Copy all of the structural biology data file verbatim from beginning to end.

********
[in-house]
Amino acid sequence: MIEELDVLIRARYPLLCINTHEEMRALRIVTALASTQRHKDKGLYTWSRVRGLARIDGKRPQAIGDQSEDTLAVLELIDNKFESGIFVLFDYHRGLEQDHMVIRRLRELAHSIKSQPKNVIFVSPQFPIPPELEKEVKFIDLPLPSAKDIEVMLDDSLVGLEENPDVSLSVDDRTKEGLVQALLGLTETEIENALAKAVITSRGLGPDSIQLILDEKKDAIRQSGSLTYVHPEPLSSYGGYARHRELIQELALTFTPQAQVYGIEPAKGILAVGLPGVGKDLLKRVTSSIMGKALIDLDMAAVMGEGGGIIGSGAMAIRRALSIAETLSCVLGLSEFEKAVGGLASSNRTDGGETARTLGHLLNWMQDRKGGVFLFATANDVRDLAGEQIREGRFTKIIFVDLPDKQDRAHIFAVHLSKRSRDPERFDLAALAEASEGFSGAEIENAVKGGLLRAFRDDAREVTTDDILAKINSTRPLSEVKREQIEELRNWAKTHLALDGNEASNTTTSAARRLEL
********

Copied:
[in-house]
Amino acid sequence: MIEELDVLIRARYPLLCINTHEEMRALRIVTALASTQRHKDKGLYTWSRVRGLARIDGKRPQAIGDQSEDTLAVLELIDNKFESGIFVLFDYHRGLEQDHMVIRRLRELAHSIKSQPKNVIFVSPQFPIPPELEKEVKFIDLPLPSAKDIEVMLDDSLVGLEENPDVSLSVDDRTKEGLVQALLGLTETEIENALAKAVITSRGLGPDSIQLILDEKKDAIRQSGSLTYVHPEPLSSYGGYARHRELIQELALTFTPQAQVYGIEPAKGILAVGLPGVGKDLLKRVTSSIMGKALIDLDMAAVMGEGGGIIGSGAMAIRRALSIAETLSCVLGLSEFEKAVGGLASSNRTDGGETARTLGHLLNWMQDRKGGVFLFATANDVRDLAGEQIREGRFTKIIFVDLPDKQDRAHIFAVHLSKRSRDPERFDLAALAEASEGFSGAEIENAVKGGLLRAFRDDAREVTTDDILAKINSTRPLSEVKREQIEELRNWAKTHLALDGNEASNTTTSAARRLEL